The Labour Party is vowing if it came into majority power it would freeze business rates next year. Rachel Reeves, Shadow Chancellor of the Exchequer and Labour MP for Leeds West, made some bold statements about abolishing the current business rates system to replace it with something new that would make big businesses, such as large online retailers, pay their fair share in taxes so independent high street retailers and smaller business owners could pay less.
In Reeves’ Labour Party Conference Speech, she said the party was calling on the government to freeze business rates next year to increase the threshold for small business rates relief, giving small and medium sized businesses in all sectors a discount next year.
Reeves said: “To pay for those measures the government should increase the Digital Services Tax to 12% for the next year, to make sure online companies that have thrived during this pandemic are paying their fair share.”
The Shadow Chancellor n her Twitter video (watch below) coins high street shops as “the lifeblood of our communities”, which is true to some extent. But PMs have to look far beyond our high streets when they have to look into the limited company freelancers turned entrepreneurs that have survived and thrived without government suppport.
While we are on the subject, Jesse Norman, the Financial Secretary to the Treasury, said on September 10th in Parliament that funding for businesses affected by the COVID-19 pandemic that have not otherwise been eligible for existing reliefs will be available once the legislation relating to material change in circumstance provisions has passed and local authorities (LAs) have established their own local relief schemes.
According to Norman, “The Government will support LAs to do this as quickly as possible, including through new burdens funding. Formal guidance will follow in due course, setting out the specific considerations that LAs should have regard for when providing relief. Relief will be for LAs to award on a discretionary basis.”
Deputy leader Angela Rayner has set out Labour’s new deal for all workers.
- Zero hours contracts banned
- Fire and rehire outlawed
- Sick pay increased
- Maternity pay, parental leave and flexible working from day one
- And a higher living wage with fair pay agreements going above and beyond the minimum
Where do freelancers fit into Labour’s new business tax system?
Many freelancers have built their businesses from home – not a property on the high street. They – some 4.5 million of them – are solopreneurs running their businesses as tax-efficiently as possible and have chosen to do so predominately to protect their personal assets, namely their home from any business failings through a limited company structure.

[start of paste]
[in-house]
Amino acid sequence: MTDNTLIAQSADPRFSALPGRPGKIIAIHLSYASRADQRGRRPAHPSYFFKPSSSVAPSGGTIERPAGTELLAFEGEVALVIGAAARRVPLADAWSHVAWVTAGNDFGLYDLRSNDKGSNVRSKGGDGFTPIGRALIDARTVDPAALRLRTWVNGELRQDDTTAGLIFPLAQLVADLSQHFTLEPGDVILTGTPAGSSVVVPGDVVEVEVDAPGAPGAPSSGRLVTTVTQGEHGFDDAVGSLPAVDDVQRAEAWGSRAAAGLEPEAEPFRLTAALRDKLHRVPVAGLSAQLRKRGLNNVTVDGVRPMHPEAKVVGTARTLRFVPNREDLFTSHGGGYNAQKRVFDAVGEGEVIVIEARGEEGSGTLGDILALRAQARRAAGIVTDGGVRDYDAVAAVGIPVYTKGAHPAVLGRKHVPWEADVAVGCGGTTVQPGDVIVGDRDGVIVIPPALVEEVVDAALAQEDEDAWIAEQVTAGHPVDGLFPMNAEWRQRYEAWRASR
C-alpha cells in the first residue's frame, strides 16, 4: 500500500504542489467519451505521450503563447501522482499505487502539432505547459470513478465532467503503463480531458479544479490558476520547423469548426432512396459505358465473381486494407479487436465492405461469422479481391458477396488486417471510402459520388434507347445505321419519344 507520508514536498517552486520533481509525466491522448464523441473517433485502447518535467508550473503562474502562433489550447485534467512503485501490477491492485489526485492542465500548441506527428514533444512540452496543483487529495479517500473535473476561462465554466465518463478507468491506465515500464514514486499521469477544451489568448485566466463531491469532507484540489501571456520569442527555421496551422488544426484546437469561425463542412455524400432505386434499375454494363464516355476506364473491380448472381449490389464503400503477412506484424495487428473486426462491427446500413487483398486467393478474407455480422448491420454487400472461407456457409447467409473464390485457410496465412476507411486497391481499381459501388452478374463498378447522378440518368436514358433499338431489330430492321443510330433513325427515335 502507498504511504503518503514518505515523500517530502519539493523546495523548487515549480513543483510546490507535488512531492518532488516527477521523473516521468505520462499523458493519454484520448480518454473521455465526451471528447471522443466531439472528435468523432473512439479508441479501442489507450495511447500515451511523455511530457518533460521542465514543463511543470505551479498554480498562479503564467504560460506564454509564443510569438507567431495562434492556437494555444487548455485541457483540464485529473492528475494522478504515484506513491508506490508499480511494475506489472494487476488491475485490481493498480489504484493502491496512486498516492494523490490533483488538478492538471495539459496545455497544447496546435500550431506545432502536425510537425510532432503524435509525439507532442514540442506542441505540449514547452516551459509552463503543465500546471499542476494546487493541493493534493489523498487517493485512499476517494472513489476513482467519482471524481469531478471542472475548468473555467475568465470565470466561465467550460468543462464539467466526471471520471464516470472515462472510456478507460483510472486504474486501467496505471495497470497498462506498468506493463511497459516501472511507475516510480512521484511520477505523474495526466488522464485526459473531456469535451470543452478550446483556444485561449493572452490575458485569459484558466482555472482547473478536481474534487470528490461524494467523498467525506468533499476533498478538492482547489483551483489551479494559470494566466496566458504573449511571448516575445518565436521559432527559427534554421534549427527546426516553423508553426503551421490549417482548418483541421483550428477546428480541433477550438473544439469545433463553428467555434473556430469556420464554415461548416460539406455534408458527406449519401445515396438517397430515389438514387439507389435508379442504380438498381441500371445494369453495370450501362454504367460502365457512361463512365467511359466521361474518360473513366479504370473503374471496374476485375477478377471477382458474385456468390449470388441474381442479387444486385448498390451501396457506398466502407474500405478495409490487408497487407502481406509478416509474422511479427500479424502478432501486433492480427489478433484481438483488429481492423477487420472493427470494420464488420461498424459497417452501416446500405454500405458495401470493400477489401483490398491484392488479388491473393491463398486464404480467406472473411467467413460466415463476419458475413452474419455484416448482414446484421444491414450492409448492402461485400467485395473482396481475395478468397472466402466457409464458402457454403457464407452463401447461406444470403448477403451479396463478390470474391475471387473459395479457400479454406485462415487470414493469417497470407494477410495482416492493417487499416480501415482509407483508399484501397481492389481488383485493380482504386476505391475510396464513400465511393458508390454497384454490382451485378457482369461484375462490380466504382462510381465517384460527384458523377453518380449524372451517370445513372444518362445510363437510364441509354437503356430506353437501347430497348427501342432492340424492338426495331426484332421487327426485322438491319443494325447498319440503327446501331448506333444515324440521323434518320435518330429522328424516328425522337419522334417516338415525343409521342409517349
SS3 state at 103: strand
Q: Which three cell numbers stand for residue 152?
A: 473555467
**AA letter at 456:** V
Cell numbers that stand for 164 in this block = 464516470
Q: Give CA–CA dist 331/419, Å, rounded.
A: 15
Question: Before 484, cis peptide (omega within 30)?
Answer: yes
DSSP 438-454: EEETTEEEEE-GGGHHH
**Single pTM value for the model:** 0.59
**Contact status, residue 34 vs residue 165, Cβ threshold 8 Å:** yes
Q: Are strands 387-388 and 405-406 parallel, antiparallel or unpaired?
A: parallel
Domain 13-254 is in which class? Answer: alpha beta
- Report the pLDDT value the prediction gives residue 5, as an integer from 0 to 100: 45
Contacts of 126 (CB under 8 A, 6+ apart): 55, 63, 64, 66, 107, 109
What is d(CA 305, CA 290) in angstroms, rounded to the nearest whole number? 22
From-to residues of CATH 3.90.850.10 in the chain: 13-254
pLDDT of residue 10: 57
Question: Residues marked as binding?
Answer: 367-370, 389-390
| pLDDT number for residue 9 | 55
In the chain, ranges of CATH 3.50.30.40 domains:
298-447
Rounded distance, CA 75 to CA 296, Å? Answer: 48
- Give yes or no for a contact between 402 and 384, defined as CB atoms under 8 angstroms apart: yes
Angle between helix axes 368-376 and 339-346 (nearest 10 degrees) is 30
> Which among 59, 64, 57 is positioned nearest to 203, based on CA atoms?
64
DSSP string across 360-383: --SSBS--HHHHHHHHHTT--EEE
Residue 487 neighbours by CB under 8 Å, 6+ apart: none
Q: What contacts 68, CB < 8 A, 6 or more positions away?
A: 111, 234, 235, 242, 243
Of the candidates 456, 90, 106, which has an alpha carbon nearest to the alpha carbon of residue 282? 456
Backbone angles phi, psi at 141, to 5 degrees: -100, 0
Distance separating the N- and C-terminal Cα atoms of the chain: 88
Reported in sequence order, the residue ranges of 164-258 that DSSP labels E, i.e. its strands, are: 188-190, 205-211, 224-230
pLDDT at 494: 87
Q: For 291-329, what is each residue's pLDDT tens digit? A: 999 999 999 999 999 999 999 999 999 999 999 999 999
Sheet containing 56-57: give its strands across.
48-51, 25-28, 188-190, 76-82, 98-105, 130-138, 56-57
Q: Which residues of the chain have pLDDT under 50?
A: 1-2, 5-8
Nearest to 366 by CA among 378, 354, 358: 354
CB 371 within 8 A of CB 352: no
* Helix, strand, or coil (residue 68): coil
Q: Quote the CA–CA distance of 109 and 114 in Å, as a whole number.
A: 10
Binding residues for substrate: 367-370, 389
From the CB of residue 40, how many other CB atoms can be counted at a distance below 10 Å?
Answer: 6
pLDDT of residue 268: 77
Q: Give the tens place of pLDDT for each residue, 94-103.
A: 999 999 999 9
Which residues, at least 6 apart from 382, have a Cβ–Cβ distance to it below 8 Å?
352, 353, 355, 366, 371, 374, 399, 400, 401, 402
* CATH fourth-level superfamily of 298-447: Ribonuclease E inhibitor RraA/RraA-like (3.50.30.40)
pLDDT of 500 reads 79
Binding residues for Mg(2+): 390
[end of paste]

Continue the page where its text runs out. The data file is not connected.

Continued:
Rightly so, given most Brits anticipate that the equity they have built up in their homes over the lifetime of their mortgage will fund their retirement in some fashion when they downsize or rent it out. But many were left out of COVID-related government funding.
If you do decide to use your home as a business premise whereby you serve your clients or customers there, you could be impacted by any changes to business rates.
UK tax rules for home-based businesses
You do not usually have to pay business rates for home-based businesses if you:
- use a small part of your home for your business, for example if you use a bedroom as an office
- sell goods by post
You may need to pay business rates as well as Council Tax if:
- your property is part business and part domestic, for example if you live above your shop
- you sell goods or services to people who visit your property
- you employ other people to work at your property
- you’ve made changes to your home for your business, for example converted a garage to a hairdresser’s
Contact the Valuation Office Agency (VOA) to find out if you should be paying business rates. In Scotland, contact your local assessor.
Northern Ireland home business rates and rules
If part of a building is used for business and part for residential purposes – such as a shop with a flat above or a solicitor’s office in a domestic property – the part used for business counts as non-domestic premises. So, if you live and work in the same premises, you generally pay business rates on the part of the property used for business and domestic rates on the residential part.
Rental properties and business rates
Special rules apply to landlords, owners and tenants depending on the level of Capital Value for domestic properties or Net Annual Value for non-domestic properties. Rental properties and business rates.
Working from home and business rates
If you use your home as a workplace, the part of the property used for work may be liable for business rates. You will still have to pay domestic rates on the rest of the property. Whether you are charged business rates or not depends on the degree of business use. You are more likely to have to pay business rates if a room is used exclusively for business, or has been modified, eg as a workshop. Each case is considered individually.